The riffs are of course what really drive this album. Brian Patton, despite being a little unorthodox, can write some truly memorable riffs. He can also play a pretty decent acoustic part. The guitar is distorted but has a great tone, especially on the leads. Occasionally the death/grind influences do show through in the guitar riffs. The bass usually follows along with the drums and often cannot be heard on its own.

The music in general is fairly fast paced, with thundering drums. There is an occasional break in the speed though while Falgoust continues screaming over the top of it. The songs are all short, with only one song breaking the four and a half minute mark, by just two seconds. This makes for an easy listen.

Overall, the album is pretty good, it's not as good as the classics of the genres, but is a decent listen. I do still prefer Falgoust's voice in Goatwhore though. I would probably like Soilent Green a little more with a different singer.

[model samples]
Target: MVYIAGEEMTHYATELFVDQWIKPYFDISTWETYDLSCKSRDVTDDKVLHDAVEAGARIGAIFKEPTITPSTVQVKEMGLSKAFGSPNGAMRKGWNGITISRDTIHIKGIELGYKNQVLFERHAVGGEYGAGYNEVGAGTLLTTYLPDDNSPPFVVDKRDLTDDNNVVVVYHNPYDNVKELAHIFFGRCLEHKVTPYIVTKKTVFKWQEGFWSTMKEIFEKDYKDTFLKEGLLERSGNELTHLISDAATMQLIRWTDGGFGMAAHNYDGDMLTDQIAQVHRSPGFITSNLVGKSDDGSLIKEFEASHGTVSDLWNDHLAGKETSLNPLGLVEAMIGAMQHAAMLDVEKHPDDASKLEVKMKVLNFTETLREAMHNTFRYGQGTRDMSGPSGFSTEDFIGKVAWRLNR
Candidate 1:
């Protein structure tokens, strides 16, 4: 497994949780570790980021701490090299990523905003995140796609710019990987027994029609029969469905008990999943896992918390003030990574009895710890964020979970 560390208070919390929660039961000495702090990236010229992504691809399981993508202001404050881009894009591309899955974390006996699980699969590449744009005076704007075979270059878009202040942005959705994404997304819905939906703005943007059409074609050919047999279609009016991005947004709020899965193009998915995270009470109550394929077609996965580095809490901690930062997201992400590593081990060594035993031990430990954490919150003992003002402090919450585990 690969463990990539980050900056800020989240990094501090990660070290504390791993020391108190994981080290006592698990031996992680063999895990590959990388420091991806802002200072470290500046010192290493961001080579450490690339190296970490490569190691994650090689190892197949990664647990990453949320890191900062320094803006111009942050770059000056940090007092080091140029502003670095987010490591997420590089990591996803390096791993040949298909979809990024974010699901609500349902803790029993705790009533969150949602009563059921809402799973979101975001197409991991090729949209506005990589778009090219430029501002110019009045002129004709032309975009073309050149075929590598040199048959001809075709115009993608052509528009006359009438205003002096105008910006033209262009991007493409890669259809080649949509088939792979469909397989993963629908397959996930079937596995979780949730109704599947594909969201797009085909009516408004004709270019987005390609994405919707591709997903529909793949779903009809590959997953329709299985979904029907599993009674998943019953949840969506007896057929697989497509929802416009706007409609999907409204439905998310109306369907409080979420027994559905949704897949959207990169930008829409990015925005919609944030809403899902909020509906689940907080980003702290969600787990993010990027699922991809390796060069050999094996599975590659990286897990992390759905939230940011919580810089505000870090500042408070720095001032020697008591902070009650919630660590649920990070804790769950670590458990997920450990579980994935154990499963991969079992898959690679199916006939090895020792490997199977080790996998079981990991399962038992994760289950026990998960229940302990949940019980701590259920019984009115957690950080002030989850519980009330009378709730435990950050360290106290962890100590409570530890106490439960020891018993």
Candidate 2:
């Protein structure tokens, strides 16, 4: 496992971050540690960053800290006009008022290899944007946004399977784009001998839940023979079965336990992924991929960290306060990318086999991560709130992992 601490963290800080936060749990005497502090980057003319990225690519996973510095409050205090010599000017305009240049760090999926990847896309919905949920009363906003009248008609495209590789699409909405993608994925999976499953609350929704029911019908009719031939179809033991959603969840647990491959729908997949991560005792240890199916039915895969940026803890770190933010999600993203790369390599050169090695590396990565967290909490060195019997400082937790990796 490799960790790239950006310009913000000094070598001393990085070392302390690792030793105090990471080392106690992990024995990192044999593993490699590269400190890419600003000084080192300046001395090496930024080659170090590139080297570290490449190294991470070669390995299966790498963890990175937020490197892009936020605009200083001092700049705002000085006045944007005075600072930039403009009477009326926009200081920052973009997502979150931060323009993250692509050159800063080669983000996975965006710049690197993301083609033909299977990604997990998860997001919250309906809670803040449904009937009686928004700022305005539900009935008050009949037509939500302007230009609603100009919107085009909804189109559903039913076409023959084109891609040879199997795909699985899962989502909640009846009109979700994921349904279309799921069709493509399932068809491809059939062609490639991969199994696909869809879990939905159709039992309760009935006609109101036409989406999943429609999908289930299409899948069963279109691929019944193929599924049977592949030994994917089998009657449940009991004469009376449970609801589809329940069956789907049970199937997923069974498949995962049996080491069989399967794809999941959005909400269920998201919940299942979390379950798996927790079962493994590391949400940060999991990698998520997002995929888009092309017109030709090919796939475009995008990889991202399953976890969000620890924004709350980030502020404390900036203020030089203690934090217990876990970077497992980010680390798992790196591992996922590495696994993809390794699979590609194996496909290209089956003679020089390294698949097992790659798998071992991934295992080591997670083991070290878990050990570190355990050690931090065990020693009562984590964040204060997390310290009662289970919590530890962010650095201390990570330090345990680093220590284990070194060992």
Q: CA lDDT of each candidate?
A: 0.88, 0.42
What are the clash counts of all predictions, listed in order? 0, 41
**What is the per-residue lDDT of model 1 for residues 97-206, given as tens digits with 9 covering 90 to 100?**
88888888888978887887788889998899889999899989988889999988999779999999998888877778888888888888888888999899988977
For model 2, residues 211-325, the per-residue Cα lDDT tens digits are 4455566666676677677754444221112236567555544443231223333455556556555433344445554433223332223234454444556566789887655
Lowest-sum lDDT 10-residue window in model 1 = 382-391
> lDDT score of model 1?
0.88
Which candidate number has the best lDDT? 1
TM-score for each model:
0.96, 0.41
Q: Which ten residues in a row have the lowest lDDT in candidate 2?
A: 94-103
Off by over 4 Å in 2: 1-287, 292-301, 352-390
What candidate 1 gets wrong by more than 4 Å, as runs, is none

Inevitable Collapse in the Presence of Groove - 78%

ian_w, April 27th, 2008

Soilent Green has been through some turbulent times. Former bassist Scott Williams was murdered shortly before the release of their 2005 album Confrontation and soon after, ex-vocalist Glen Rambo was killed in Hurricane Katrina. Yet despite all this adversity, Soilent Green have continuously released massively heavy slabs of pure fury on the masses; and with their 5th full length, Inevitable Collapse in the Presence of Conviction, the sludge machine shows no sign of stopping.